Monday, June 20, 2011

One Hundred Years of Solitude

One of my 2011 goals is to read four of the most successful family saga novels out there. I really want to understand this genre that I love and hope to make a career out of.

I started with One Hundred Years of Solitude by Gabriel Garcia Marquez. Marquez was a Nobel Prize winner, and this novel is considered his masterpiece.

Here is the review the New York Times Book Review gave his novel back in the 1950s: "One Hundred Years of Solitude is the first piece of literature since the Book of Genesis that should be required reading for the entire human race... Mr. Garcia Marquez has done nothing less than to create in the reader a sense of all that is profound, meaningful, and meaningless in life."

Can you imagine? How would that feel to have your writing compared to the Bible? "Required reading for the entire human race?" Come on!

The novel follows the Buendia family and their founding of the fictional town of Macondo. There are five generations in the story, and almost all of the characters share five names: Jose Arcadio and Aureliano for boys, and Ursula, Remedios and Amaranta for girls.

This book is a doozie of a read. We're talking 400 plus pages of very small print and very, very little dialogue. Sentences stretch on and on (the longest one I came across was close to three pages long!) Sometimes the wording was so confusing I had to re-read a section several times to understand what in the world he was talking about. And for Garcia Marquez, themes seem to be far more important than plot.

With all that being said, I loved One Hundred Years of Solitude. I loved the beautiful language he used. I loved following this family through their triumphs (which came few and far between) and their struggles (which seemed very frequent). I loved Garcia Marquez's theme that nothing much new ever happens--the world and families are cyclical and the same things happen over and over again.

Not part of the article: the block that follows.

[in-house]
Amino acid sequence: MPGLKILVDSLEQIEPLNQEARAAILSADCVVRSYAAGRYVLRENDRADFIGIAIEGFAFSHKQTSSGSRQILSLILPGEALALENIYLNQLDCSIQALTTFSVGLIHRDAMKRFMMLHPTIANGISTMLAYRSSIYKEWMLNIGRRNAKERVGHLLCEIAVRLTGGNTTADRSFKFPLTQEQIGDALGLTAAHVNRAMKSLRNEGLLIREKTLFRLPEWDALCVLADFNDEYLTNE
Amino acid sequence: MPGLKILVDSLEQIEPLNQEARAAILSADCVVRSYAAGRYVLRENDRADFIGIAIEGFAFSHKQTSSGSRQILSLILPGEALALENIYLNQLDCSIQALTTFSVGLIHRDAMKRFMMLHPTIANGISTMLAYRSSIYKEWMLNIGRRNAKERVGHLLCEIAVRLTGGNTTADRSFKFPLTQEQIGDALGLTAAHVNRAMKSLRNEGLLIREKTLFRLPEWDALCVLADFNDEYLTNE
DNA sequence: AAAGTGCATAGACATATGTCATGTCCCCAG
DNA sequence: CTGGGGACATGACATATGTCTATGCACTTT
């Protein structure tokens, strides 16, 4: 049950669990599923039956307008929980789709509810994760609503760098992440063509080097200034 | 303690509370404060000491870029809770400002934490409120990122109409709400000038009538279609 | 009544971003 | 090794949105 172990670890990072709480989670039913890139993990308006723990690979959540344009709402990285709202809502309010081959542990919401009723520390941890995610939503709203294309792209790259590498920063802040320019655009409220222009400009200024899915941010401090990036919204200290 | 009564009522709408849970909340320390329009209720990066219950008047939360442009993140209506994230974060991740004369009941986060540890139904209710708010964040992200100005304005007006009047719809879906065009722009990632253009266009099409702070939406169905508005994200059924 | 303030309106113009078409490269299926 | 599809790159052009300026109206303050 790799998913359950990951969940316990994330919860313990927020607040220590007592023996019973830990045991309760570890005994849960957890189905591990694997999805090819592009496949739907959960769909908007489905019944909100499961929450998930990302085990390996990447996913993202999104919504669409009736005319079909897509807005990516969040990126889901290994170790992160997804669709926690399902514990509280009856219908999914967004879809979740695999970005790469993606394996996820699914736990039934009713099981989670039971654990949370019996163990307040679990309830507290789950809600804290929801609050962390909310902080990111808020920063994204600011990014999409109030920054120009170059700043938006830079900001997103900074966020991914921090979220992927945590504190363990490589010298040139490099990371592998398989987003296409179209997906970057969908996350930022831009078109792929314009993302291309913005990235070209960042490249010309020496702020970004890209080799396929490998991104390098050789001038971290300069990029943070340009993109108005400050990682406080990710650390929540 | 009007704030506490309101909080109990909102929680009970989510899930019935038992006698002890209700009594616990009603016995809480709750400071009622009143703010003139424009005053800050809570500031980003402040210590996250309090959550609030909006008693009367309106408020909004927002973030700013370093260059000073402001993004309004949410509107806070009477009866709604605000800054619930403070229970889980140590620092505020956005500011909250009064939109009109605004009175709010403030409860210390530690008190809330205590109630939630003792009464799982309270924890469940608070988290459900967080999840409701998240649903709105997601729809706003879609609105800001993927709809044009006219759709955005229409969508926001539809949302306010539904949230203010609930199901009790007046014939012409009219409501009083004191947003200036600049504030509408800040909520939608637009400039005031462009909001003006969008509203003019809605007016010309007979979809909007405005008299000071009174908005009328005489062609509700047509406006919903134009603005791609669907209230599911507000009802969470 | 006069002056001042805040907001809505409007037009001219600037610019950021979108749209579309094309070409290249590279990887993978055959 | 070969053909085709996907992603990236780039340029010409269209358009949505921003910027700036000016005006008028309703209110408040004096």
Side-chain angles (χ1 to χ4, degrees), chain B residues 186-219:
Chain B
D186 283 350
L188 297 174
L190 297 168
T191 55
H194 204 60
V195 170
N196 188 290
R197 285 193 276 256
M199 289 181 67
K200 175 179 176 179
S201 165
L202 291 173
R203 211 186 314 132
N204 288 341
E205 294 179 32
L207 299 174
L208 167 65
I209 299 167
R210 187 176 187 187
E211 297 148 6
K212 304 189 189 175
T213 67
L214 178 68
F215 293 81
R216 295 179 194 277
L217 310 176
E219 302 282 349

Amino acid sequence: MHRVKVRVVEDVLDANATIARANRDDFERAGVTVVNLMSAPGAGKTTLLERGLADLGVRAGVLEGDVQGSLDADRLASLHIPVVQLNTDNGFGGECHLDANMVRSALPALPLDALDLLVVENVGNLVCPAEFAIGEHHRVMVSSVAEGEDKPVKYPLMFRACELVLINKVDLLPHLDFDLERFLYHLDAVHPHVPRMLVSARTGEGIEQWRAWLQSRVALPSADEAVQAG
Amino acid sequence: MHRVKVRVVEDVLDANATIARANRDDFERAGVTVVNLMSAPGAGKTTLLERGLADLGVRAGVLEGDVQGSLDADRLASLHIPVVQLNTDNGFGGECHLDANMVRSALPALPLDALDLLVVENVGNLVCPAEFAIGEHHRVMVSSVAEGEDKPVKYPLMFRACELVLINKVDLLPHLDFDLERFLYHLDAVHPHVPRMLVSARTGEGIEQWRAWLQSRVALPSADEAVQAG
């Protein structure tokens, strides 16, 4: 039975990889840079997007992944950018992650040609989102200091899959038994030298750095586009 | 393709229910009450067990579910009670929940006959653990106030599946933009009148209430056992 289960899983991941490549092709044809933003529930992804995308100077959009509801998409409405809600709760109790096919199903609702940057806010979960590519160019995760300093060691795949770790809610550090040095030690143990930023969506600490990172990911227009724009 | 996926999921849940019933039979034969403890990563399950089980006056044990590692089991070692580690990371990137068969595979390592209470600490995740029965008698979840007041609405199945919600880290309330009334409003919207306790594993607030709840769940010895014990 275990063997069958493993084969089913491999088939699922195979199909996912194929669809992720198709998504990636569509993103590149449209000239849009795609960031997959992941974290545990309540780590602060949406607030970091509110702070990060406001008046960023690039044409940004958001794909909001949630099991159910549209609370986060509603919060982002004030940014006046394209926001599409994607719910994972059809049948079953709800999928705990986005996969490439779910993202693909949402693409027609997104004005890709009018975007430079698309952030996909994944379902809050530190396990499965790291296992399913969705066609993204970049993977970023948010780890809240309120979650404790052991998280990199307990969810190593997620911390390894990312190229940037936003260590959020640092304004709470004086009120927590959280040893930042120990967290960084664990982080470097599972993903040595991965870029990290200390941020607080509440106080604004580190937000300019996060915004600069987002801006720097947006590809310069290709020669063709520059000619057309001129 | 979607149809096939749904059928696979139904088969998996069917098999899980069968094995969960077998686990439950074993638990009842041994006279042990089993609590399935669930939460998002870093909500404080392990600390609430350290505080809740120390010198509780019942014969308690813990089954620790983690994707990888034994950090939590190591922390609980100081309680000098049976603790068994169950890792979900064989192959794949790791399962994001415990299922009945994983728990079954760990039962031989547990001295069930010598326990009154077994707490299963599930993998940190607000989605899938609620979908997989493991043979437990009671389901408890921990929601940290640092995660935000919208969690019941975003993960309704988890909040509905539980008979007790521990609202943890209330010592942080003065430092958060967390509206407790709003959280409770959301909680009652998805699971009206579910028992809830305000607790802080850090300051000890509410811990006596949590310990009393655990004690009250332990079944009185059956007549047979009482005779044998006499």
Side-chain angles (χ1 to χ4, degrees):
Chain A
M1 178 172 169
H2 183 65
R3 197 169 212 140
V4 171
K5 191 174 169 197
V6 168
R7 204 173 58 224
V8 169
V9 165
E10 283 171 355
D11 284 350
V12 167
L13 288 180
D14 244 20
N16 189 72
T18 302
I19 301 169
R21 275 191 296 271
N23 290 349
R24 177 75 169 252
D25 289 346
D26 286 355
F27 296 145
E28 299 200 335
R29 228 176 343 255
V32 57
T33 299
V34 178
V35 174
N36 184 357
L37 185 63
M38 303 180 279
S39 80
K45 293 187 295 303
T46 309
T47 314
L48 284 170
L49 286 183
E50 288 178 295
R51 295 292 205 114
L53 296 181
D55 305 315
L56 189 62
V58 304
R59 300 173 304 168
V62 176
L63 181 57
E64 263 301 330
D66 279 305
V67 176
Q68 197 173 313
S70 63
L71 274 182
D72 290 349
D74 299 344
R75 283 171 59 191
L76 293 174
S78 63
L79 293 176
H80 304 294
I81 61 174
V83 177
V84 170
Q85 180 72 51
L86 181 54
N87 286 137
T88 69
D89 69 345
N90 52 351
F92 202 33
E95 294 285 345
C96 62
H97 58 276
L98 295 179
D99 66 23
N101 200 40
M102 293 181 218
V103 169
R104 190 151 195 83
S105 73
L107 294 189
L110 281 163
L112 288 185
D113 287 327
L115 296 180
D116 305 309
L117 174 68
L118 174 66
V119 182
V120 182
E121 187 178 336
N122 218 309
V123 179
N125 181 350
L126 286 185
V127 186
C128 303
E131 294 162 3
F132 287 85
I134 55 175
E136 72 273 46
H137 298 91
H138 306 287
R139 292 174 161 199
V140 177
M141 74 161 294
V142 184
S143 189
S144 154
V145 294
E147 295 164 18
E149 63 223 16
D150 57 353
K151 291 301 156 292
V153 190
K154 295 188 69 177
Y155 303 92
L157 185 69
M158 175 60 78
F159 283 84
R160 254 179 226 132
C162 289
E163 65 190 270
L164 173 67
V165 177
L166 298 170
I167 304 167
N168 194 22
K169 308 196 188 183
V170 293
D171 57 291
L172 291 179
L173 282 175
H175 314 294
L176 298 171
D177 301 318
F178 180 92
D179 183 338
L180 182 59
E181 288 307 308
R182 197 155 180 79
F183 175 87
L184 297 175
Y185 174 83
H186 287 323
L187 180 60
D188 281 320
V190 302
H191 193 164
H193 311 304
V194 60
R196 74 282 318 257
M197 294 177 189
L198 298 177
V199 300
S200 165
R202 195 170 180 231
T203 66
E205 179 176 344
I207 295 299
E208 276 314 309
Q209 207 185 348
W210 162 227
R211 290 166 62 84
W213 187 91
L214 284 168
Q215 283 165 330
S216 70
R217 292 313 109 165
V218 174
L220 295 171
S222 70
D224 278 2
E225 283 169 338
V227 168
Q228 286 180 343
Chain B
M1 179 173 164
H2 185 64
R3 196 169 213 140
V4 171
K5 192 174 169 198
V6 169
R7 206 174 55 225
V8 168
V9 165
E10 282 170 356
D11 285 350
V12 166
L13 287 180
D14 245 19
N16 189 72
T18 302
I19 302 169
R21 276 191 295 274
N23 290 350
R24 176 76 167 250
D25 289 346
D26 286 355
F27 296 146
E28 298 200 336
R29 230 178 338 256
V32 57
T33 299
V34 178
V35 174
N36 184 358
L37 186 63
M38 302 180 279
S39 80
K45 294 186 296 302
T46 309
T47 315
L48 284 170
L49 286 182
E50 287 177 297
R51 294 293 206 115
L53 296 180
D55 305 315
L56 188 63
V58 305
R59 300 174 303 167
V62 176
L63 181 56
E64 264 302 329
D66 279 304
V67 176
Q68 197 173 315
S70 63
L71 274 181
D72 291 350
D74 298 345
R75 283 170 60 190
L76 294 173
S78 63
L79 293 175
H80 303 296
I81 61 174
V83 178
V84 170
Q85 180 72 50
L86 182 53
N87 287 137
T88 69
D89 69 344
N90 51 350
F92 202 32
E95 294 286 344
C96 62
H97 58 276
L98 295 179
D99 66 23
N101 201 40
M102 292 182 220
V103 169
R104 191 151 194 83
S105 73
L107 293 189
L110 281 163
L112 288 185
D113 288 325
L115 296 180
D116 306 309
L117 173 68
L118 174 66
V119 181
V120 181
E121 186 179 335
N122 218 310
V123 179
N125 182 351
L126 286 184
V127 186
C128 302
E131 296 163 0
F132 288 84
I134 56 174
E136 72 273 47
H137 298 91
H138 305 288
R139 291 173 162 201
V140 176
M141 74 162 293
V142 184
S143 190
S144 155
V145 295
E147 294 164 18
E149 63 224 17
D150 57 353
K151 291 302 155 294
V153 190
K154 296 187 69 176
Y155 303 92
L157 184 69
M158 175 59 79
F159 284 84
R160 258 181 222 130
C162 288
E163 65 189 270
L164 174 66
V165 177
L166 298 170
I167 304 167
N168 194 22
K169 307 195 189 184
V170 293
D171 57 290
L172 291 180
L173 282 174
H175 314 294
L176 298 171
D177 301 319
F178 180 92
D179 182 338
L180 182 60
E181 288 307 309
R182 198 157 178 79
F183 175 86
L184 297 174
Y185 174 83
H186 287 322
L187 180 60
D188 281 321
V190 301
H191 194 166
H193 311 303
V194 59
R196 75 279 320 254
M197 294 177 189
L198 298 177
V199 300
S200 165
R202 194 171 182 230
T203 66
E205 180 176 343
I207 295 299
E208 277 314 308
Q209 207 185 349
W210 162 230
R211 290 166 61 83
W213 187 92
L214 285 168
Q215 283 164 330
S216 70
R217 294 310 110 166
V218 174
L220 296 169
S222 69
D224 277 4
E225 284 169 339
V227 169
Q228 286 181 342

Another aspect I loved was the author's "magical realism." The reader could get quite far into the book thinking all the events were realistic and could actually occur; however, then the author throws in fantastical events such as a character's being carried away into the sky by her laundry, and the reader starts to think, huh? How could that happen? Eventually such odd situations as the family's patriarch being tied to a tree for like twenty years and women living well beyond a hundred years grow more and more frequent in the book.

I read the Goodreads reviews on this book and many people hated it despite it being one of the top sellers of all time. Readers claimed it made them "feel high" or wonder what in the heck was happening. There were definitely moments like that, and I admit I got lost in the countless wars that one of the Aurelianos encounters. There were also way more instances of incest than I was comfortable with.

Overall though, the Buendia family sucked me in.

And I realized family saga is still my favorite genre.

The other famous family sagas I plan to read this year are Fall On Your Knees, Cutting for Stone and The Thorn Birds.

Have you read One Hundred Years of Solitude or any of the other family sagas I've listed? What did you think of these books or the genre in general?


Jessica R. Patch said...

The Thorn Birds was excellent. I love family sagas as well. :)

Sari said...

I've read The Thorn Birds about 30 years ago and I loved it. Family Sagas and Historical fiction are my favorite genres.

Kaylee Baldwin said...

I haven't read any of these, but Cutting for Stone is on my tbr list. I've never really looked into the family saga genre before. Would Gone with the wind be included in that genre? Or Kristen Hannah's Firefly Lane? They both span many years, but both only focus on one or two characters mainyl.

Richard said...

Ive been reading some stories about the civil war lately, very interesting time in American history...............Also please drop by my blog to a brand new post today from old order Mennonite Jean. And look for Jeans first ever recipe (whoopie pies) on Amish Stories this Wednesday. Richard